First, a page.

I am keeping on with my Arabic tutoring, but am encountering another of my bout with frustration. After a summer mostly spent away from the language (despite the fascinating overlap with Bantu languages like Kiswahili and Tshiluba), I realize in some ways how little I have learned and retained. For what its worth (and I really don’t know), I do plan to keep on with it.
I am reflecting on how many different ways there are to study a language. Traditionally in academia, you study languages—historically ancient languages—for purposes of reading. Graduate students, even when working in modern languages, are examined for their ability to comprehend a scholarly text in the language being tested. There is a large gap, of course, between reading comprehension and conversational ability. From all those years of French study in high school, I could read and understand materials probably better than I could carry on an informal conversation. But then again, is the purpose of high school French to enable me to order a baguette should I ever be a tourist in Paris?
I am really not sure. As Arabic has begun to be promoted in the US, is there a popular commitment to teaching people to read classical Arabic literature or contemporary scholarship? Or is there a shift, driven by politics, to train a cadre of Americans who can communicate with people in the Arab world? This seems to me to be a different skill, driven in part by the vocational potential of language facility. Still, this remains a complicated issue with regard to Arabic, where there is such a radical distinction between written and colloquial forms. And, while I really do not have much sense of what is happening in terms of language instruction in the US, I do see myself facing dilemmas with my Arabic study.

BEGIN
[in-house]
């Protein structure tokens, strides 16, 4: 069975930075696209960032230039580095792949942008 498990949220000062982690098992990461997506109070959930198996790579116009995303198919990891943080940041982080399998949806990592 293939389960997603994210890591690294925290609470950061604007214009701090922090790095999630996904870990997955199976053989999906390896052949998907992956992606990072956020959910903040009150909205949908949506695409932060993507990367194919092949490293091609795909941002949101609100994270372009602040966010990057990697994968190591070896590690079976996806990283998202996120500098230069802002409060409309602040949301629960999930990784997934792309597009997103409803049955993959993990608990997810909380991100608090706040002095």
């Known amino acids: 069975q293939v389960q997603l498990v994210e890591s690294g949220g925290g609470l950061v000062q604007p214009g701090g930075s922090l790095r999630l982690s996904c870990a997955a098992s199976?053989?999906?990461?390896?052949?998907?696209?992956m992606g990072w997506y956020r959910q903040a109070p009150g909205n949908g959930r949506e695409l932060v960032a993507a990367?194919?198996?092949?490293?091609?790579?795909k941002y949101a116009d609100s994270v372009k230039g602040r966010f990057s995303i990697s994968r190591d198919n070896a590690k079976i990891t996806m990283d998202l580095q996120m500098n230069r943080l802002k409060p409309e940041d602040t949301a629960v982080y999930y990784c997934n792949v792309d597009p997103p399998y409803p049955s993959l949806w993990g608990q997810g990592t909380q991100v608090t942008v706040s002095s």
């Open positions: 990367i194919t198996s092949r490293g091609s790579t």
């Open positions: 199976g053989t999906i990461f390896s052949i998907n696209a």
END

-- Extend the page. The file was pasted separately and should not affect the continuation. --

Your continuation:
Am I studying to be able to have a conversation with a taxi driver? To be able to understand Palestinian or Lebanese films? To be able to read a newspaper? To be able to read the Qur’an? These are all radically different sets of language skills, and all of them take a very long time. This is part of what I am starting to realize. I am a long way from being able to read an Arabic language newspaper or have an in-depth conversation in the language. I believe, at my current pace, I am probably years away. It is hard not to be frustrated but I am doing my best.
I am having different thoughts about what my goals are. For example, while fluency remains far off, I am learning, for example, something about the differences in varieties of Arabic language. I have learned something about the importance of different types of greetings in Arabic, even when I am deficient at using them correctly. I have also been able to make observations about the secularization of a religious language when I hear a Coptic friend say insha’allah or il-hamdu li-ilaah. Also, I realize that I have learned a lot about communicating in English with people in Cairo. That may not make much sense, but I appreciate the importance of greeting someone before asking a question. I have been fascinated by the fact that I may be learning most effectively a sort of cultural understanding about the role of language here in Cairo. I am probably learning this much better than I am learning to communicate in the language itself. Maybe it is just manners? Not to diminish the importance of manner, but I suspect there is something more.
I am not sure what it is but I will continue to try to find out.
My current Arabic teacher is moving to Dubai after the Eid, so I will be asking the university for a new tutor.